Recently a quadraplegic man "won the right to starve himself to death" (here). It begs all sorts of questions. The case was not so much about this man's rights as clearing any palliative care agency of negligence if they decide to agree with his wishes not to accept food....and that they should respect his wishes not to be force-fed.
A correspondent to The Advertiser rightly asks the question whether this decision is actually 'civilised', as many claim. Not because it allows a person to suicide by starvation, but because by allowing in principle a person's right to determine whether they should not be treated, the person then has to go through a slow but excruciating process of dying by starvation.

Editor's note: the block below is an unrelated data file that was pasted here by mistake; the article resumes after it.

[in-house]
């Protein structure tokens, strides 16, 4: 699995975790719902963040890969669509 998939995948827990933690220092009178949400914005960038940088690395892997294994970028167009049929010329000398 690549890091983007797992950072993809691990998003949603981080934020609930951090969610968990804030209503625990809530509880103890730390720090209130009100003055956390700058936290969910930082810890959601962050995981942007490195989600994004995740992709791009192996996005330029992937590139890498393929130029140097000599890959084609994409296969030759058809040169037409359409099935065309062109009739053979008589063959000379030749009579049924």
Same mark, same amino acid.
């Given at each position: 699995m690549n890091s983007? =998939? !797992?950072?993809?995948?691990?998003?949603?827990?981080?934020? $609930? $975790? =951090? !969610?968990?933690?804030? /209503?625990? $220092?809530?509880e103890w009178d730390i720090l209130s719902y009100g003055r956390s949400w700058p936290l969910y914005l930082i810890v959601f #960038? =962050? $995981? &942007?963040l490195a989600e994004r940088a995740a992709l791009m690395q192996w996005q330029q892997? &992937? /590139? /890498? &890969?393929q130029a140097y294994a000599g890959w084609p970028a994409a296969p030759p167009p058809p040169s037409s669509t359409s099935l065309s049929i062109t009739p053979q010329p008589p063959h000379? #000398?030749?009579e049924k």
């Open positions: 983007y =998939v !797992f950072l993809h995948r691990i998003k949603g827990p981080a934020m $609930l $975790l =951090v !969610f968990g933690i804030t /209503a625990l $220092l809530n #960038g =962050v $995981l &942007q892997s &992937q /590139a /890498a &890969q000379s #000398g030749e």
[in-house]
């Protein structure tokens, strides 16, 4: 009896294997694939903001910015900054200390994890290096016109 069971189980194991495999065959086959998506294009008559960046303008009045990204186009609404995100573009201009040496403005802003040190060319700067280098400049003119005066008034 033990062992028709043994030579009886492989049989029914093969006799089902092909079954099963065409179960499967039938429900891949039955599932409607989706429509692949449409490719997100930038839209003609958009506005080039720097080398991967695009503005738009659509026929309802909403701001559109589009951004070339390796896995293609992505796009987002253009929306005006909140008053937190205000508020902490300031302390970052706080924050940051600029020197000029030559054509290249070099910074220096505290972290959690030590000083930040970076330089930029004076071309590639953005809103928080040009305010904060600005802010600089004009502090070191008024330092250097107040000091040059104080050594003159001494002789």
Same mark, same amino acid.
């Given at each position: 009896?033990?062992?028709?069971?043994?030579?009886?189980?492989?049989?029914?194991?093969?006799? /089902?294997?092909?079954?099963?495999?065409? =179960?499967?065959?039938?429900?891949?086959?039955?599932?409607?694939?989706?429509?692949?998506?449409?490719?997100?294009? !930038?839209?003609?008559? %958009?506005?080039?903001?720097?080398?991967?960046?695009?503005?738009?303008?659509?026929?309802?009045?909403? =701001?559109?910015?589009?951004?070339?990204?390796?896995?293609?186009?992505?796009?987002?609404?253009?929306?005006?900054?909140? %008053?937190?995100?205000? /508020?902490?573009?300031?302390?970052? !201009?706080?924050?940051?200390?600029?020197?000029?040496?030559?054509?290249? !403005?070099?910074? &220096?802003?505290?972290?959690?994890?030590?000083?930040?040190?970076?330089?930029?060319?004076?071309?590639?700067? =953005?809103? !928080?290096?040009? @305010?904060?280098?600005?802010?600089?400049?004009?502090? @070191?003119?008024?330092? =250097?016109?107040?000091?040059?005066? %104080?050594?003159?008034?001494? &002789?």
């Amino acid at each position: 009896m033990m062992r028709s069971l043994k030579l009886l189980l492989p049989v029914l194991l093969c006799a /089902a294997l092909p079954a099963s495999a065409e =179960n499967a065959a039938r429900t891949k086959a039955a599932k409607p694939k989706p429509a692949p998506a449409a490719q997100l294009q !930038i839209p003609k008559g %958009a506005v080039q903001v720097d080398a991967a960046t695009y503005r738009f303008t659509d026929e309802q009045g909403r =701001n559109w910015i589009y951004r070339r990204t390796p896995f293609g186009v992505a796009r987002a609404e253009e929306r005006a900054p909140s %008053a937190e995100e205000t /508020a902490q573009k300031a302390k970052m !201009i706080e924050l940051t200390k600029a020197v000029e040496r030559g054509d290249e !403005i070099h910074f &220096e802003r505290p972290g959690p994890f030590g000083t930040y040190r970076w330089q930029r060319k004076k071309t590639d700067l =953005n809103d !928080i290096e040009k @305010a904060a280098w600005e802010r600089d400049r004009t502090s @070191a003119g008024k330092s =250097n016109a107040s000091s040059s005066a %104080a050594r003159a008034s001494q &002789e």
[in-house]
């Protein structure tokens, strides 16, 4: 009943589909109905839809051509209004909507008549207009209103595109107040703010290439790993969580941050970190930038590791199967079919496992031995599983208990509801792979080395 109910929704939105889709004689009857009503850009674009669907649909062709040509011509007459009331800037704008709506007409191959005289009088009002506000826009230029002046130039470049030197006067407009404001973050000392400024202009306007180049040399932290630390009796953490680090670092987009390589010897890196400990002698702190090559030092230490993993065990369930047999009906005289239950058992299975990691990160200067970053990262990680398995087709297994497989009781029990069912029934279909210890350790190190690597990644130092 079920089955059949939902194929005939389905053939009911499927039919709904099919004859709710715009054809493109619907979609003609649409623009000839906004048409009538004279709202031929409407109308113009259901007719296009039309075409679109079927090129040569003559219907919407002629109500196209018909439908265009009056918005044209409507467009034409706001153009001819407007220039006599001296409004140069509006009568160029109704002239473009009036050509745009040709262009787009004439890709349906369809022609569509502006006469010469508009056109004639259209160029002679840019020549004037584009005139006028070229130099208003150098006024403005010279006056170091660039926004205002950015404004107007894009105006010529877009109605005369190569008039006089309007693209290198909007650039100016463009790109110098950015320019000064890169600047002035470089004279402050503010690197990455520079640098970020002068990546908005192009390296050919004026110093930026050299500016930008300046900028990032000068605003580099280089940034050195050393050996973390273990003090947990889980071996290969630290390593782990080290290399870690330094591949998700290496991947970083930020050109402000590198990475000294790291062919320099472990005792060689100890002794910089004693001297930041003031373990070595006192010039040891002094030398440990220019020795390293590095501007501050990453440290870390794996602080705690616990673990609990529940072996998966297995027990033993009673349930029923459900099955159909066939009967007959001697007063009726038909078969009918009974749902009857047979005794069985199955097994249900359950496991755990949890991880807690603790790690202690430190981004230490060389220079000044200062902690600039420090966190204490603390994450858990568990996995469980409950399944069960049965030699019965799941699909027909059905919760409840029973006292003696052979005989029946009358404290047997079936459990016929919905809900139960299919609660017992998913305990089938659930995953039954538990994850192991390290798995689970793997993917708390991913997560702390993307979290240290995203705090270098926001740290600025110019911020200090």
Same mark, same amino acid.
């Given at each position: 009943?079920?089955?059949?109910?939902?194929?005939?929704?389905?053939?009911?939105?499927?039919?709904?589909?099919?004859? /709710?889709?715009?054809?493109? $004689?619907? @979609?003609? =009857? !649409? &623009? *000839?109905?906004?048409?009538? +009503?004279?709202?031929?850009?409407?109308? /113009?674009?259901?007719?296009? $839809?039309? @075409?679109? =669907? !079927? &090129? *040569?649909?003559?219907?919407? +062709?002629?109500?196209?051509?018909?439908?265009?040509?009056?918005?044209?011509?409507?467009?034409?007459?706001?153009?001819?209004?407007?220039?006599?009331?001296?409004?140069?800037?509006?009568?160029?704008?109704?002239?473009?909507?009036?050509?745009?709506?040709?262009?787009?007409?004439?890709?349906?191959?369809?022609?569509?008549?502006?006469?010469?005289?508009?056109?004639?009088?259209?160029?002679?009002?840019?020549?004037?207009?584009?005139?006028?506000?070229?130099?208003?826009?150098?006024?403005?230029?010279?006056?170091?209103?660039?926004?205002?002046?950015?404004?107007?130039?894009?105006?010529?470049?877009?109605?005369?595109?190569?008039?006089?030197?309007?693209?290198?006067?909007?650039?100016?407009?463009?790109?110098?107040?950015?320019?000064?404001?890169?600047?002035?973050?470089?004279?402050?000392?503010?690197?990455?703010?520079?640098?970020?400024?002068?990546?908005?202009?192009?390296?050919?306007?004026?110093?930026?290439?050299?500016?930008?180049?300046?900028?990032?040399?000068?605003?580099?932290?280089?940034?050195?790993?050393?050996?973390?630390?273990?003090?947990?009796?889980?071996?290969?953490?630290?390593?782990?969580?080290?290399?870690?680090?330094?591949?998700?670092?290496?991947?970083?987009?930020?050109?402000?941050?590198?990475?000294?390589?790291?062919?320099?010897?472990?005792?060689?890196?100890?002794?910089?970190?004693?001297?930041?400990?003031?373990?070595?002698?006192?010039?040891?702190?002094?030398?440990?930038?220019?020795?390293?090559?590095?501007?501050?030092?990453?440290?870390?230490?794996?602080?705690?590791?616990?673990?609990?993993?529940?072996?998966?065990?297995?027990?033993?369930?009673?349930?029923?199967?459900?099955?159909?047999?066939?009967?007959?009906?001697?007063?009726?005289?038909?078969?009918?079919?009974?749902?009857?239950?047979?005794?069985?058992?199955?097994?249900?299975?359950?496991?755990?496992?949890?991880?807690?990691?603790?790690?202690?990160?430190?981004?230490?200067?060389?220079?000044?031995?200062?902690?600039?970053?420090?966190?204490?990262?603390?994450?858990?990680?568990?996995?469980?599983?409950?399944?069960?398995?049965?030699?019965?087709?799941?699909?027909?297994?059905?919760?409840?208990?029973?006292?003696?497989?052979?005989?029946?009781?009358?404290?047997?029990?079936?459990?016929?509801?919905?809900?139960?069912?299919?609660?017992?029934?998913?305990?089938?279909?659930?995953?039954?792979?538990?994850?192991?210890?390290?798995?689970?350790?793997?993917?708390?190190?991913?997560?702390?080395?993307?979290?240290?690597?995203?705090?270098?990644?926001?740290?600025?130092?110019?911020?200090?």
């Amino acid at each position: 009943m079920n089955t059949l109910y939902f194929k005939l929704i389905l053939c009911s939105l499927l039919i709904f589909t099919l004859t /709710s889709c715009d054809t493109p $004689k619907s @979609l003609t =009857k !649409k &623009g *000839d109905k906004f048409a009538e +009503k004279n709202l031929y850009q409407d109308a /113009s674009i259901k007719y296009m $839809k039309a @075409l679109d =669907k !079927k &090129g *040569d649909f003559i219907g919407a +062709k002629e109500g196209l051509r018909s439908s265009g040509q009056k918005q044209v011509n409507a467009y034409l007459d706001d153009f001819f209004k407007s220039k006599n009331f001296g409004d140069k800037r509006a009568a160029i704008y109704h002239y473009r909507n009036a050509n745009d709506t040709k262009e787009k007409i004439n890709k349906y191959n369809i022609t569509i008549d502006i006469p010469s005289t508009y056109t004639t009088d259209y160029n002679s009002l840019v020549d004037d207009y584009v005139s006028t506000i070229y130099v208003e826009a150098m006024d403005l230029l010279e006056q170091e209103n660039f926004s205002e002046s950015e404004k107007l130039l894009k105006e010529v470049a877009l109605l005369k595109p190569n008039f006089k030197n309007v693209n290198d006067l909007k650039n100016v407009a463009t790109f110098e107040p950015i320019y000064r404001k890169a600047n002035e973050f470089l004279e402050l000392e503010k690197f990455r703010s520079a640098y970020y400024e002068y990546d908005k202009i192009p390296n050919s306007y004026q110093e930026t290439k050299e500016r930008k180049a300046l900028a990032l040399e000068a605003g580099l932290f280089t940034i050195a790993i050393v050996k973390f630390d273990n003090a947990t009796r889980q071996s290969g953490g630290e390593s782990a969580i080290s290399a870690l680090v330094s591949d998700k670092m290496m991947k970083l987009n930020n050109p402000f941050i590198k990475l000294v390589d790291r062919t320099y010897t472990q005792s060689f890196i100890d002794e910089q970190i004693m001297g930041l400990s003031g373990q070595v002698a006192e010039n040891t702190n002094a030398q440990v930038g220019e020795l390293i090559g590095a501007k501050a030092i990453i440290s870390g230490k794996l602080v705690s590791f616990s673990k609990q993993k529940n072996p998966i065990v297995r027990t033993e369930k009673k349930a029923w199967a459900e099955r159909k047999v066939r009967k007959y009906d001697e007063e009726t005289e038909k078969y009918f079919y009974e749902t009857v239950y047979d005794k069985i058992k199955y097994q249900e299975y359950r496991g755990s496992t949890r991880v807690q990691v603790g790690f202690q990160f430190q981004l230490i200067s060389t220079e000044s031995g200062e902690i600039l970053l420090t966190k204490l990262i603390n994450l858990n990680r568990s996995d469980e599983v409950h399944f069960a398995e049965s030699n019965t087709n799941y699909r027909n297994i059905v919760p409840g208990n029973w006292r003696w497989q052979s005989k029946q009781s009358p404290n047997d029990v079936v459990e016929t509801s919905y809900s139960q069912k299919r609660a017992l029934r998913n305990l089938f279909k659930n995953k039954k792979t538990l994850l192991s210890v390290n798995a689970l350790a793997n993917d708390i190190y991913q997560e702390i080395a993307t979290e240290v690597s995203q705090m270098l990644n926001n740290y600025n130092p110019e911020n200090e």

I think this is a good point.
Whilst I personally believe we should not go down the track of allowing active euthanasia (that is, doctors should not be allowed to inject people with drugs the sole purpose of which is to take away their life) there are going to be dilemmas like this which need better solutions.
Remember the movie, My Sister's Keeper, which is about death and its excruciating closeness. We need to do more than take intellectualy decisions.